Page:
One of the best things you can do for your company and your employees is to provide honest, documented feedback to the people who work for you. It’s important for at least two reasons: one, you help employees to personally improve and two, you help your company to receive the best performance a person has to give.
But it is also important to document for legal purposes, should you need to provide information in case of an unfortunate lawsuit. But while you want to be thorough in documenting behavior for record-keeping purposes, the sole purpose should be to provide feedback to better the employee.
When a subordinate’s performance is not meeting expectations, the first time you bring it up to that person, have a verbal conversation. But document the verbal discussion somewhere. Tuck it away in case down the road you need to give a formal written documentation to the said employee; you will want to reference the verbal.
When you need to write of an incident, here are some helpful tips for documentation:
1. Write the documentation as a memo addressed to the particular employee. Include the current date and title it as “job performance.”
2. The feedback should be written thoroughly. As an HR Consultant, I tell managers to write the documentation assuming the papers will end up in court while they’re out of the country and won’t be able to clarify any of the details. (True story, actually; I learned this lesson the hard way. I had a manager write up an employee and eventually terminate the person. During the unemployment hearing, the manager was in Europe on vacation and the write-up, being so vague, needed much explanation. So now I tell people “write the documentation like you’ll be in Europe.”)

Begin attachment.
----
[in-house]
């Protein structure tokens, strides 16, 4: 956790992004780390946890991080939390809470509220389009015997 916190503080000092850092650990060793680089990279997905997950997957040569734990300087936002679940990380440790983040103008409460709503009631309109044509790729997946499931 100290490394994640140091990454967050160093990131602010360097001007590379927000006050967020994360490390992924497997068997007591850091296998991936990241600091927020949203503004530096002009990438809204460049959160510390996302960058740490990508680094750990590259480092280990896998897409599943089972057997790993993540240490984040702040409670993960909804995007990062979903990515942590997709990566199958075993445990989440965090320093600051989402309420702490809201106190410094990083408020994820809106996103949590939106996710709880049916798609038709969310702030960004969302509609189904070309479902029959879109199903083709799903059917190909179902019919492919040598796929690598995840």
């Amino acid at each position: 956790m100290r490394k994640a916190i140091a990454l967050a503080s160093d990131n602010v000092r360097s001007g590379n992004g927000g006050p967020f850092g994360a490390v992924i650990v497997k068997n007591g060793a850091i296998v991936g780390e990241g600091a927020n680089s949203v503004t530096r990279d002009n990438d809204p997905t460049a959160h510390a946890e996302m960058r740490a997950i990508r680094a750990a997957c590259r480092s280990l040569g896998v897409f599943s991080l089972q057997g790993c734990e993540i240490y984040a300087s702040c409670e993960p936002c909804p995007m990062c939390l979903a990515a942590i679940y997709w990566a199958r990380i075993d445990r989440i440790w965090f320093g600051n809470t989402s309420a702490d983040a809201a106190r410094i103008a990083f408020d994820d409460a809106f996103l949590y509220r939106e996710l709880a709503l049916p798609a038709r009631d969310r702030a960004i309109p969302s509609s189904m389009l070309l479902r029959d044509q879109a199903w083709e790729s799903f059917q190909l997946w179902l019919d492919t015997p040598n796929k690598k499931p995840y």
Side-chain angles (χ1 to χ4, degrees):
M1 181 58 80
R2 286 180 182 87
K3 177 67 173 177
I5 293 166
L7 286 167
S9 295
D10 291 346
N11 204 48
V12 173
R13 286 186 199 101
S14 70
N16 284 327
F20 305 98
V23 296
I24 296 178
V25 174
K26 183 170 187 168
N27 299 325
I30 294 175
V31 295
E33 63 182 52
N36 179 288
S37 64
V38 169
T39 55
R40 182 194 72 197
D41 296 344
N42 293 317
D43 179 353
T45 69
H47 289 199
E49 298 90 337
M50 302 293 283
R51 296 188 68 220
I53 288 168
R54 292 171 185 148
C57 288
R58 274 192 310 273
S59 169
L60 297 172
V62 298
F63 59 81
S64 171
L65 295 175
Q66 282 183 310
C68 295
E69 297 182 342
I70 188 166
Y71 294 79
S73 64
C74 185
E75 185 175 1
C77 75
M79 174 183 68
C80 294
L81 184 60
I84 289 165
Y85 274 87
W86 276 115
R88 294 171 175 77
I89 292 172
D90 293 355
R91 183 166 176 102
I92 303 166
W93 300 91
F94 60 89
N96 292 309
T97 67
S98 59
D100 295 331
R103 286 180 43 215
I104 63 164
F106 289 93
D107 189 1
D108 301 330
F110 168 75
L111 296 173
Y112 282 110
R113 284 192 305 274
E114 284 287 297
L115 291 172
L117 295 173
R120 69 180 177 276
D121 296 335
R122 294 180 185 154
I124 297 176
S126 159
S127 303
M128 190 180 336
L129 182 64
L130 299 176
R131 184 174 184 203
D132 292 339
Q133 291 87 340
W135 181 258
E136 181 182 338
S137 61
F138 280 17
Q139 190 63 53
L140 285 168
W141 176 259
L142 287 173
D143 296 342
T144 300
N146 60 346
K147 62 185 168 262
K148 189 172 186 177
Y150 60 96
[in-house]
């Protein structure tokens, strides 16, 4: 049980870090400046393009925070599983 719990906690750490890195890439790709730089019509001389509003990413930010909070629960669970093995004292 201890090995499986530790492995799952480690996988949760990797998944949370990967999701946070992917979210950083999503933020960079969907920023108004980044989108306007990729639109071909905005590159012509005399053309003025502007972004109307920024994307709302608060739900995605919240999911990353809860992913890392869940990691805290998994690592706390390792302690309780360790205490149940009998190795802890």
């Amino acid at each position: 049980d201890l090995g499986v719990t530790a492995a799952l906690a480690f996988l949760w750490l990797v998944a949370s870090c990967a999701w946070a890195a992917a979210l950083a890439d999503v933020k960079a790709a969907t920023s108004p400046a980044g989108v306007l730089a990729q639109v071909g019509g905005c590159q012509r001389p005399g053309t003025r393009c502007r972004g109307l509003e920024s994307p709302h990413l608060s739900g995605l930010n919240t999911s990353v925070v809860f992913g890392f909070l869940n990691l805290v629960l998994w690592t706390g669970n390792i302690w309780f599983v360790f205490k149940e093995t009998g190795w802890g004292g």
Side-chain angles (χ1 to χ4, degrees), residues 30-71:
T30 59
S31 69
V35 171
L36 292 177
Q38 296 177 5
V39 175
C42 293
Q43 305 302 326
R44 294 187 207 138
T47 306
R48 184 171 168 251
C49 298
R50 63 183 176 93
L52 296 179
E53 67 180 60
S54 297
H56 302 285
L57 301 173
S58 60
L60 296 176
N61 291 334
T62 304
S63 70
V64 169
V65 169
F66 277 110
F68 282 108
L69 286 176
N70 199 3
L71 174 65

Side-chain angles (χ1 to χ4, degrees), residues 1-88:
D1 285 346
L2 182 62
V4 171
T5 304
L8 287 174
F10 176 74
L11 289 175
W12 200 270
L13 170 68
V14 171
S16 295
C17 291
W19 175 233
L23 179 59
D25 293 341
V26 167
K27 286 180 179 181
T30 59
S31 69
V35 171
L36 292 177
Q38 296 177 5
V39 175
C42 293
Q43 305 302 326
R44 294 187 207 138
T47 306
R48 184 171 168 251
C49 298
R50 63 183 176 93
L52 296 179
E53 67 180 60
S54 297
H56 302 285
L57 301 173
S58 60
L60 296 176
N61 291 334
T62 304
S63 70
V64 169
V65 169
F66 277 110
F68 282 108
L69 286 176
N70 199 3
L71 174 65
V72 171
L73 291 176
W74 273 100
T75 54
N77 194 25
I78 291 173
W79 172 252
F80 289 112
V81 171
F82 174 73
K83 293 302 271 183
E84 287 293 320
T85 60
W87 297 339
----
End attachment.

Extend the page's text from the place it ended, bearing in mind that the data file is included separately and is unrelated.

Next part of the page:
3. It is important to keep it fact-oriented; personal feelings shouldn’t enter. Be precise with specific dates, times, other people involved, etc. If a specific company policy was violated, write out the policy and what particular action taken by the employee was in violation. If the company lost money because of an incident, write how much the financial loss was due to the action (or inaction) on the employee’s part.
4. Bullet point the issue(s). Then elaborate on each bullet point. Make it as clear as possible.